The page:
Old meanings are confusing enough without shoving two into a line, yet that is what Andrew Marvell did without a flicker of compunction in the opening line of The Garden. The modern reader would be almost excused for thinking that narcissistic men are going about impressing themselves. Though that may be so, Marvell is writing about men who futilely consign themselves to a labyrinth, or maze.
Labyrinths are terrible places, teeming with minotaurs and littered with lost threads, or at least that's how I imagine them. Hampton Court was a disappointment. The reason, of course, is that I was exposed to the myth of Theseus as an infant, though the really dirty bits were thoughtfully concealed from me until I was six.
Anyway, Theseus had to run into the labyrinth, kill the Minotaur and dash out again, all in time for tea. Ariadne, fearing that the tea would go cold, suggested the preposterously obvious idea that he take some thread with him, unwind it on the way in, and follow it on the way out. That way he would not be amazed.
What with the Trojan horse and Ariadne's thread, one can see the Attic genius for the bleeding obvious. To stop himself getting lost he had a thread. And what was the medieval term for a ball of yarn? It was, dear threadbare reader, a clue.
It was a clue that Theseus laid for himself in the labyrinth, it was a clue that led him back and dismazed him. If he had not had a clue of thread he would not have had a clue about how to escape. As John Pomfret wrote of the ideal woman:
She knows the best, and does the best pursue,
And treads the maze of life without a clue,
That the weak only and the wavering lack,
When they're mistaken, to conduct them back.
She does, amidst ten thousand ways, prefer
The right, as if not capable to err.
Slowly, of course, the clue that leads you through the labyrinth became the key that solves the puzzle, and then became the hint that helps you to solve the puzzle, and then, in 1914, received its apotheosis when it was attached to crosswords.
Incidentally, the original labyrinth (etymology uncertain) in which the Minotaur resided was designed by Daedalus, and has therefore been called a Daedal.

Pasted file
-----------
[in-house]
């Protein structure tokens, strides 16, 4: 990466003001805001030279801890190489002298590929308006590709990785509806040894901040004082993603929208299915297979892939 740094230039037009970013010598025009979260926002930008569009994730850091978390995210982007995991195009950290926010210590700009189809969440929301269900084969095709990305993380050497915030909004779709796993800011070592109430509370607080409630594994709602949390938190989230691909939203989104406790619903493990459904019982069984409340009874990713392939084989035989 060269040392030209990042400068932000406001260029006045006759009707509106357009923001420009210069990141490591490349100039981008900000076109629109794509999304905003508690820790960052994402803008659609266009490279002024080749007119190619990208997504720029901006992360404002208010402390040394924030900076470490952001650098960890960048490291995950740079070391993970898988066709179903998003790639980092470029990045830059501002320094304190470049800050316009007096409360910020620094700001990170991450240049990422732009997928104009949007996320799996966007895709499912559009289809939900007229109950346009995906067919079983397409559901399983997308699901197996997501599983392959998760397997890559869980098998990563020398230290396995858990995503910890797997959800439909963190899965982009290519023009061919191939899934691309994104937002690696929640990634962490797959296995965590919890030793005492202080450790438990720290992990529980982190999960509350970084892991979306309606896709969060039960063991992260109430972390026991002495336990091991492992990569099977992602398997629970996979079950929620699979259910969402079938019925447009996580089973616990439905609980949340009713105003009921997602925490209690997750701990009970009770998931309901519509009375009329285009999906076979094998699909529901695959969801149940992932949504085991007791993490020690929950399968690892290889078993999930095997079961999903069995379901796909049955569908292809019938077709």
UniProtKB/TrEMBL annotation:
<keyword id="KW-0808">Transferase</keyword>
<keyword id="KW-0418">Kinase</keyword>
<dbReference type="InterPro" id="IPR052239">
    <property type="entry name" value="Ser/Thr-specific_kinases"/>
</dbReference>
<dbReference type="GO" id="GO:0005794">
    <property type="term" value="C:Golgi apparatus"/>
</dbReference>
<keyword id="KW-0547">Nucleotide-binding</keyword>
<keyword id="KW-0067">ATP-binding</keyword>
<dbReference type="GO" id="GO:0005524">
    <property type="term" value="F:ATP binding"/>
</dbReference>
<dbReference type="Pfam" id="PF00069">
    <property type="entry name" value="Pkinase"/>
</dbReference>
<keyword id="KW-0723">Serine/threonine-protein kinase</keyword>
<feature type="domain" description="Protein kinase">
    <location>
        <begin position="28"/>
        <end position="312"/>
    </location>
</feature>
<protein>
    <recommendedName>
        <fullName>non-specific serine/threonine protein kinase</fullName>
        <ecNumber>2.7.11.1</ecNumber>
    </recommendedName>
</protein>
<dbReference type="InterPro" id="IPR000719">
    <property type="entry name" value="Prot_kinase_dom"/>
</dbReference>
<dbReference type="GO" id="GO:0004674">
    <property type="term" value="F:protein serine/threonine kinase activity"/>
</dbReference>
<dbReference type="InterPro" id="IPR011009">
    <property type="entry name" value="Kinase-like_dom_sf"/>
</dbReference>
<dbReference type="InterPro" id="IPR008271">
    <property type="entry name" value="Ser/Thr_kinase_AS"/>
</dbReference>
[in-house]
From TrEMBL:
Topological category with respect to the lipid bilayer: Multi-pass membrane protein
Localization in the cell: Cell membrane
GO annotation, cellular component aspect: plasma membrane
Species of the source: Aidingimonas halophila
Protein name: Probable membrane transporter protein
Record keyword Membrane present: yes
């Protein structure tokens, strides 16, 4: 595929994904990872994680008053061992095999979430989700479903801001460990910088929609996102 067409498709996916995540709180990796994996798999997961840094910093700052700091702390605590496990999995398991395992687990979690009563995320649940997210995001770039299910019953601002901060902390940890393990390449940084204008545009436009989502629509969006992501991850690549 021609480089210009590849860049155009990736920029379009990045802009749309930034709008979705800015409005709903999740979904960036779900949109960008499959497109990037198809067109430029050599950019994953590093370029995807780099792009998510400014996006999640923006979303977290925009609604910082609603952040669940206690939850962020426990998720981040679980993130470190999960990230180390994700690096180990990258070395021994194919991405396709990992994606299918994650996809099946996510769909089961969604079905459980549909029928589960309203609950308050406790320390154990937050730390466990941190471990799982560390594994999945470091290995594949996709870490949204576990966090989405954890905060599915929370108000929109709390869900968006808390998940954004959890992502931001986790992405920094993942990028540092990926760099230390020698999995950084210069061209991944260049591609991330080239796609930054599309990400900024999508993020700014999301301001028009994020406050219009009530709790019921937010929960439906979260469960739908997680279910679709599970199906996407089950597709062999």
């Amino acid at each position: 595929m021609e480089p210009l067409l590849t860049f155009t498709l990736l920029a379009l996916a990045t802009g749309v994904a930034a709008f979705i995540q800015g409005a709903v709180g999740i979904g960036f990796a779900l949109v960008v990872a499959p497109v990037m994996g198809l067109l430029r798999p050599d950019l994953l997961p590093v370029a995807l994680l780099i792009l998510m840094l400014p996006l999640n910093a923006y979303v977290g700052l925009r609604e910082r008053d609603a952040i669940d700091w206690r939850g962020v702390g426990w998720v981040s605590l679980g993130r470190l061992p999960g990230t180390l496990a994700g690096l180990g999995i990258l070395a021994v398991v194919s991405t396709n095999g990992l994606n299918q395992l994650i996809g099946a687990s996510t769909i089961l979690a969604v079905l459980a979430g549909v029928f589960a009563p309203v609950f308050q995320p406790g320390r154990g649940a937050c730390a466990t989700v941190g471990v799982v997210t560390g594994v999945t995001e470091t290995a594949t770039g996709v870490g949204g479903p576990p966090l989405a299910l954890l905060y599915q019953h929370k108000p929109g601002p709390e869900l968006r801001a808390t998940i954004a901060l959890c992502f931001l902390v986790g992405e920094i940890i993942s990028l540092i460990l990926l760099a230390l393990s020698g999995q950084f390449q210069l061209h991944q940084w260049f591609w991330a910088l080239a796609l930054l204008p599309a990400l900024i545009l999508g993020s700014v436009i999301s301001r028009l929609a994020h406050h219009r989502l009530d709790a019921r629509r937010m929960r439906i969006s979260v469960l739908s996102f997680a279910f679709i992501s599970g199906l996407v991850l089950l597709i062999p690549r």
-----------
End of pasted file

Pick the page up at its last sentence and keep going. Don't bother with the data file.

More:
Now read this lovely poem by Auden. It's called The Labyrinth.
Anthropos apteros for days
Walked whistling round and round the Maze,
Relying happily upon
His temperament for getting on.
The hundreth time he sighted, though,
A bush he left an hour ago,
He halted where four alleys crossed,
And recognized that he was lost.
"Where am I?" Metaphysics says
No question can be asked unless
It has an answer, so I can
Assume this maze has got a plan.
If theologians are correct,
A Plan implies an Architect:
A God-built maze would be, I'm sure,
The Universe in minature.
Are data from the world of Sense,
In that case, valid evidence?
What in the universe I know
Can give directions how to go?
All Mathematics would suggest
A steady straight line as the best,
But left and right alternately
Is consonant with History.
Aesthetics, though, believes all Art
Intends to gratify the heart:
Rejecting disciplines like these,
Must I, then, go which way I please?
Such reasoning is only true
If we accept the classic view,
Which we have no right to assert,
According to the Introvert.
His absolute pre-supposition
Is - Man creates his own condition:
This maze was not divinely built,
But is secreted by my guilt.
The centre that I cannot find
Is known to my unconscious Mind;
I have no reason to despair
Because I am already there.
My problem is how not to will;
They move most quickly who stand still;
I'm only lost until I see
I'm lost because I want to be.
If this should fail, perhaps I should,
As certain educators would,
Content myself with the conclusion;
In theory there is no solution.
All statements about what I feel,
Like I-am-lost, are quite unreal:
My knowledge ends where it began;
A hedge is taller than a man."
Anthropos apteros, perplexed
To know which turning to take next,
Looked up and wished he were a bird
To whom such doubts must seem absurd.
And buy the Complete Auden here.
The Inky Fool visits Hampton Court